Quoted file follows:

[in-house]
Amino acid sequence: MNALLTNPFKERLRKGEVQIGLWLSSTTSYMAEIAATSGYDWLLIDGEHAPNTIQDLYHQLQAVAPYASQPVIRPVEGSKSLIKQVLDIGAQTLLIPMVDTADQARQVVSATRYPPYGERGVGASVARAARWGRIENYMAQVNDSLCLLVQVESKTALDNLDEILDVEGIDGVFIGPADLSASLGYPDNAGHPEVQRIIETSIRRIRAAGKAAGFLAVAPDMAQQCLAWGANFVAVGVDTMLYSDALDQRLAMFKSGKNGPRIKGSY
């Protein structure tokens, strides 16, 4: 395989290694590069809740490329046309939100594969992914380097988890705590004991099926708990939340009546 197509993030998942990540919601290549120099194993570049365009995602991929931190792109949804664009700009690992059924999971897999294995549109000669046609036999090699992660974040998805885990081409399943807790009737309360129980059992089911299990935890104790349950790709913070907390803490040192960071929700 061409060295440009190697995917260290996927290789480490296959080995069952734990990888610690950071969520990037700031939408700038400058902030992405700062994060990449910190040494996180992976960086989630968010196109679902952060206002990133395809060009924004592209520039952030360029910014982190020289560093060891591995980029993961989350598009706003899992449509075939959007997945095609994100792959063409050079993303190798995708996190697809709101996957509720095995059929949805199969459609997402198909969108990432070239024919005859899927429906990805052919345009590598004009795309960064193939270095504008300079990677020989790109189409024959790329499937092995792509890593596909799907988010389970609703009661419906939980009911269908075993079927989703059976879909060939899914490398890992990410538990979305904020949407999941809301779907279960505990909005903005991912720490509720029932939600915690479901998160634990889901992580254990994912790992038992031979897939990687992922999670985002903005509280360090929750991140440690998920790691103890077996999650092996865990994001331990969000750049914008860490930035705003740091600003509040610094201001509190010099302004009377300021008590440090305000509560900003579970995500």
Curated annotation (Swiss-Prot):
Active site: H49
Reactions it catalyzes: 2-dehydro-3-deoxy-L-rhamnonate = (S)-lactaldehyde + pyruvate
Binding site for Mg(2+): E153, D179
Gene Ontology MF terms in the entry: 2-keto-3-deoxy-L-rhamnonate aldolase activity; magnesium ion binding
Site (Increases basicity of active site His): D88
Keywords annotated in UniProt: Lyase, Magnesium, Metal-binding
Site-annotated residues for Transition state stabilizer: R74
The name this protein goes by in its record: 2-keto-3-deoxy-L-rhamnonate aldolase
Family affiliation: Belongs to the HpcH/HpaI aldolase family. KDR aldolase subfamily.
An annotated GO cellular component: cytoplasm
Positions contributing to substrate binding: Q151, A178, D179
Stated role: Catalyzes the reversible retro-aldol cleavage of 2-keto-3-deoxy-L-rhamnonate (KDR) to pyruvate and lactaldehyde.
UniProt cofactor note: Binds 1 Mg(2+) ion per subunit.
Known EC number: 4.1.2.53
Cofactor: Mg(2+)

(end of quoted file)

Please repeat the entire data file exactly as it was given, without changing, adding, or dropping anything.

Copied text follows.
[in-house]
Amino acid sequence: MNALLTNPFKERLRKGEVQIGLWLSSTTSYMAEIAATSGYDWLLIDGEHAPNTIQDLYHQLQAVAPYASQPVIRPVEGSKSLIKQVLDIGAQTLLIPMVDTADQARQVVSATRYPPYGERGVGASVARAARWGRIENYMAQVNDSLCLLVQVESKTALDNLDEILDVEGIDGVFIGPADLSASLGYPDNAGHPEVQRIIETSIRRIRAAGKAAGFLAVAPDMAQQCLAWGANFVAVGVDTMLYSDALDQRLAMFKSGKNGPRIKGSY
């Protein structure tokens, strides 16, 4: 395989290694590069809740490329046309939100594969992914380097988890705590004991099926708990939340009546 197509993030998942990540919601290549120099194993570049365009995602991929931190792109949804664009700009690992059924999971897999294995549109000669046609036999090699992660974040998805885990081409399943807790009737309360129980059992089911299990935890104790349950790709913070907390803490040192960071929700 061409060295440009190697995917260290996927290789480490296959080995069952734990990888610690950071969520990037700031939408700038400058902030992405700062994060990449910190040494996180992976960086989630968010196109679902952060206002990133395809060009924004592209520039952030360029910014982190020289560093060891591995980029993961989350598009706003899992449509075939959007997945095609994100792959063409050079993303190798995708996190697809709101996957509720095995059929949805199969459609997402198909969108990432070239024919005859899927429906990805052919345009590598004009795309960064193939270095504008300079990677020989790109189409024959790329499937092995792509890593596909799907988010389970609703009661419906939980009911269908075993079927989703059976879909060939899914490398890992990410538990979305904020949407999941809301779907279960505990909005903005991912720490509720029932939600915690479901998160634990889901992580254990994912790992038992031979897939990687992922999670985002903005509280360090929750991140440690998920790691103890077996999650092996865990994001331990969000750049914008860490930035705003740091600003509040610094201001509190010099302004009377300021008590440090305000509560900003579970995500």
Curated annotation (Swiss-Prot):
Active site: H49
Reactions it catalyzes: 2-dehydro-3-deoxy-L-rhamnonate = (S)-lactaldehyde + pyruvate
Binding site for Mg(2+): E153, D179
Gene Ontology MF terms in the entry: 2-keto-3-deoxy-L-rhamnonate aldolase activity; magnesium ion binding
Site (Increases basicity of active site His): D88
Keywords annotated in UniProt: Lyase, Magnesium, Metal-binding
Site-annotated residues for Transition state stabilizer: R74
The name this protein goes by in its record: 2-keto-3-deoxy-L-rhamnonate aldolase
Family affiliation: Belongs to the HpcH/HpaI aldolase family. KDR aldolase subfamily.
An annotated GO cellular component: cytoplasm
Positions contributing to substrate binding: Q151, A178, D179
Stated role: Catalyzes the reversible retro-aldol cleavage of 2-keto-3-deoxy-L-rhamnonate (KDR) to pyruvate and lactaldehyde.
UniProt cofactor note: Binds 1 Mg(2+) ion per subunit.
Known EC number: 4.1.2.53
Cofactor: Mg(2+)